Apr. 5 at #Baylor, ISR symposium "For God and Country: The United States and the Great War 1917-18" https://t.co/Za6OAzb8Pk
new book from Perry Glanzer: Restoring the Soul of the University https://t.co/vAQ44g5M2t @ivpacademic
American Violence: The Long Civil War https://t.co/FvxCYguKFL Philip Jenkins, @anxious_bench
Mark Pike Lecture on "Narnian Virtues and Character Education" Apr. 4 at #Baylor https://t.co/BOrBugli2x
Ann Killebrew Lecture - "The Emergence of Israel in Bible and Archaeology" https://t.co/LqlzLuLTPi
#Baylor provost L. Gregory Jones: "Learning intuition" https://t.co/5REQLaZfhg
Early Syriac Christian Reactions to the Rise of Islam, Michael Philip Penn talk at #Baylor - YouTube https://t.co/PuYbjJvlZx
A Reasonable Reading List for Medieval Christianity: Part 2 https://t.co/hHj8ULFpwd @bethallisonbarr @anxious_bench
Ben Franklin’s Calvinist Father | Thomas Kidd, @TGC https://t.co/yZ6fk3haqG
Exploring the Ancient Gospels of Ethiopia - Christian Sahner @MarginaliaROB https://t.co/VxCcpGpAf6

ISR’s Jeff Levin: Going to Synagogue Is Good for Health and Happiness

Released: 6/24/2013 8:00 AM EDT
Source Newsroom: Baylor University

WACO, Texas (June 21, 2013) — Two new Baylor University studies show that Israeli Jewish adults who attend synagogue regularly, pray often, and consider themselves religious are significantly healthier and happier than their non-religious counterparts. They also report greater satisfaction with life.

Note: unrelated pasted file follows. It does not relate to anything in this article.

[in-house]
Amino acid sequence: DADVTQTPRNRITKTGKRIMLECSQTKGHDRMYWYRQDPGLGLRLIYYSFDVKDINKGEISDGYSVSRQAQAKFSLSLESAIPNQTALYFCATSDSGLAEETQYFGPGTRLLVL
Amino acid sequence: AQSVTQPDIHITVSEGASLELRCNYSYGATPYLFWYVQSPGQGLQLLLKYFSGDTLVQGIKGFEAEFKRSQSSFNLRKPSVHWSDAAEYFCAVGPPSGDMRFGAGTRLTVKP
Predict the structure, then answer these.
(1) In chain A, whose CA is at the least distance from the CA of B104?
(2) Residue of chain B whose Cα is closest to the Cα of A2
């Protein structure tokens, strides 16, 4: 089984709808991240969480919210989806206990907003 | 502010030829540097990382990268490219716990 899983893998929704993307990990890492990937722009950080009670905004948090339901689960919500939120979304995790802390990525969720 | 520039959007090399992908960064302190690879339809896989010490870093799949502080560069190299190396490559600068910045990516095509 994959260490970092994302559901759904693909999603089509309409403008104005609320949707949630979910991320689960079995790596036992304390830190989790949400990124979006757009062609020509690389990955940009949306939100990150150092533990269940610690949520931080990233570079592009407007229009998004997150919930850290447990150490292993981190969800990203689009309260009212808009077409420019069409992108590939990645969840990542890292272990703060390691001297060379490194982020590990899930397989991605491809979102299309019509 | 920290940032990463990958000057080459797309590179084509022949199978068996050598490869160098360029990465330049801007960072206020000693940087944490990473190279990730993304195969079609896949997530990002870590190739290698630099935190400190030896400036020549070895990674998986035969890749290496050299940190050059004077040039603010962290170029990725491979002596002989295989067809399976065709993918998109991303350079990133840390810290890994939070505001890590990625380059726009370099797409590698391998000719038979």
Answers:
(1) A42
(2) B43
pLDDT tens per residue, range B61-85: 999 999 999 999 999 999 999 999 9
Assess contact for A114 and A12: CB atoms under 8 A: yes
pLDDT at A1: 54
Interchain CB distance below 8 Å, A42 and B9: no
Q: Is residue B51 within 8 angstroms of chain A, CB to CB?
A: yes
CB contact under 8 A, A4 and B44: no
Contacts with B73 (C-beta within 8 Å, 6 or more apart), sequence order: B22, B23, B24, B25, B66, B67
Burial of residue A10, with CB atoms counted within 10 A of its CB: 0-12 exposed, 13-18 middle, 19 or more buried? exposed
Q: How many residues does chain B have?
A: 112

“These findings nicely reinforce the inherited Jewish folk wisdom that going to shul (synagogue) is ‘good for you,’” said Baylor University researcher Jeff Levin, Ph.D.
Levin holds a distinguished chair at Baylor University, where he is University Professor of Epidemiology and Population Health and Director of the Program on Religion and Population Health at the Institute for Studies of Religion.

Commitment to Jewish religious belief and practice is strongly associated with greater physical and psychological well-being, Levin said. One study, published in Psychology of Religion and Spirituality, an official journal of the American Psychological Association, used 2010 data on 1,849 Jewish adults from the Israeli sample of the European Social Survey. The other study, published in the Journal of Happiness Studies, used 2009-10 data on 991 Jewish adults from the Israeli sample of the International Social Survey Programme’s Religion III survey.

These new results confirm findings from other studies of Jews in Israel and the U.S. conducted over the past few years. Seven such studies have been published by Levin using data from a variety of national and global surveys. They have consistently identified facets of Jewish religious expression as among the most reliable predictors of measures of physical and mental health and overall well-being.